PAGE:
Ex-Sebastopol executive coordinating programs on greenhouse-gas cuts
[caption id="attachment_11722" align="alignleft" width="97" caption="David Brennan, Regional Climate Protection Coordinator for Sonoma County."][/caption]
SANTA ROSA - Former Sebastopol City Manager David Brennan has assumed a new role as the regional climate protection coordinator with the Sonoma County Transportation Authority.
His task is to work with the local leadership of the cities, county, SCTA, the Sonoma County Water Agency, local nonprofits and others to define roles, develop partnerships, coordinate policy development and to leverage shared resources.
The goal of the Regional Climate Protection Coordination Program is to organize and focus countywide efforts to reduce greenhouse gas emissions in Sonoma County to 25 percent below 1990 levels by 2015 and to ensure that local goals are in line with those mandated by AB 32 and SB 375.
"All of these entities have been reviewing the various federal stimulus programs and legislative bills to see how these resources can be brought to Sonoma County to help achieve its objectives. Until recently, each organization has been acting independently, but now there is recognition that increased coordination will result in greater efficiencies and regional benefits," said Mr. Brennan, who was appointed to the position last spring.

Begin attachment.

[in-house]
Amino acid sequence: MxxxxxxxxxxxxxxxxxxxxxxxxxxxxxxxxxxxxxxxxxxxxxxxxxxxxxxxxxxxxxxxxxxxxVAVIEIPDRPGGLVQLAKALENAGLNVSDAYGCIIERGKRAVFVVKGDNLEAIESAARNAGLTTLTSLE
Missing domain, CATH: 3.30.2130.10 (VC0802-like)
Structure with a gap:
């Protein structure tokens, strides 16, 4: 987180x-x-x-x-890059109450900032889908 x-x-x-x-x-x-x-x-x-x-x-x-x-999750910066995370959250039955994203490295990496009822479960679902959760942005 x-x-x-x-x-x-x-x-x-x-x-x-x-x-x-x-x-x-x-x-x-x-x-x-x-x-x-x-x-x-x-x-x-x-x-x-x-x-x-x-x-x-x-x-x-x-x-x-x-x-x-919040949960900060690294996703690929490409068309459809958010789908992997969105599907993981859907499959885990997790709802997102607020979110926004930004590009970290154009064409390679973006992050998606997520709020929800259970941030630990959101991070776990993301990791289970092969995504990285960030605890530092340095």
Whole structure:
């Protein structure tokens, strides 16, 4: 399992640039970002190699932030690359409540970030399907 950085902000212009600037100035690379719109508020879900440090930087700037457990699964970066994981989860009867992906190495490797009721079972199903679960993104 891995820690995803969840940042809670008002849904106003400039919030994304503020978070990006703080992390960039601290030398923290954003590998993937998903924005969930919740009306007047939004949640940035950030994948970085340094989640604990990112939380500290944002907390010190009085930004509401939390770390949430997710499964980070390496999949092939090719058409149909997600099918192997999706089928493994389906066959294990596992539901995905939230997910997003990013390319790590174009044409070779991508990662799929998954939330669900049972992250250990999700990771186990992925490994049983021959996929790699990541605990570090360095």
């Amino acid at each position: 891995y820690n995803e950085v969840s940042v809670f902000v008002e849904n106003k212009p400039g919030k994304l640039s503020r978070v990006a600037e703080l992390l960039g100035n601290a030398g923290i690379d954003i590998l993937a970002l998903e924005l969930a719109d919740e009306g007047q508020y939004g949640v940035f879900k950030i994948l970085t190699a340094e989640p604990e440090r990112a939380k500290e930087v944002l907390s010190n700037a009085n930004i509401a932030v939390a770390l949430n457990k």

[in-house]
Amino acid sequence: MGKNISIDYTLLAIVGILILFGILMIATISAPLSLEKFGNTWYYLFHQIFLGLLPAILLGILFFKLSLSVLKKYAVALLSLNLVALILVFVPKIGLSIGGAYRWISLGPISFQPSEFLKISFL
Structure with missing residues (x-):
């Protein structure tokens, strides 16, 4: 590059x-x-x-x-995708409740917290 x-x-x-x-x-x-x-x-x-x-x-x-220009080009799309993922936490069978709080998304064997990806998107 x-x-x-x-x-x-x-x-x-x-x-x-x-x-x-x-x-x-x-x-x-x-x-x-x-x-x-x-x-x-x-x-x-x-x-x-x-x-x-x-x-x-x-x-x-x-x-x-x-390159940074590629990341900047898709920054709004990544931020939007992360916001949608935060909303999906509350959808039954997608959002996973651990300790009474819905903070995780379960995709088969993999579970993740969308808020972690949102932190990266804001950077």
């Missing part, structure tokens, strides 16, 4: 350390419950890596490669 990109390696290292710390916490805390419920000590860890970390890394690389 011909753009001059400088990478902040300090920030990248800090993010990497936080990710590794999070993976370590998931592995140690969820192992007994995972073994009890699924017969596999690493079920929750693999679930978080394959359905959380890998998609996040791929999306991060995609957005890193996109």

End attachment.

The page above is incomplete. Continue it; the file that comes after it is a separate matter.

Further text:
Last May, city managers discussed ways to reduce competition for available resources, set priorities and eliminate duplication when implementing climate protection plans.
The Regional Climate Protection Coordination Program was conceived and endorsed by the Sonoma County Mayors and Council Members Association and all nine cities as well as by the Sonoma County Board of Supervisors.
The SCTA board was selected by all local municipalities to serve as a policy making forum for exchanging information, planning future directions and to serve as catalyst for collective action.
"There must be a high level of trust among all partners so everyone's interests are represented. I'm working with these entities as well as PG&E, the Climate Protection Campaign and the business community to gather input so we can have a draft coordination plan ready for review by August. We want to obtain final SCTA board approval of the plan and specific recommendations by year end."
While the transportation sector is responsible for 60 percent of GHG emissions, buildings are the biggest energy users. One aspect of the plan, which is already being developed, is a countywide building retrofit program to help owners find ways to make commercial and residential buildings more energy efficient.
The ultimate goal is to retrofit 80 percent of the buildings in Sonoma County to achieve a 30 percent improvement in energy efficiency. The program will include energy audits that will identify building deficiencies and make recommendations to the owners as to the best returns on investment costs. An energy rating system is also being discussed to certify buildings according to energy efficiency criteria.
"Homes have greater selling features if they have upgraded carpeting, fresh paint, granite countertops and curb-appeal landscaping, so why not establish a method for evaluating properties based on the health, comfort and financial benefits associated with energy use," he said.
Retrofits typically involve installing higher R-factor insulation, dual pane windows, caulking gaps in the building envelope, and sealing HVAC duct leaks along with similar improvements.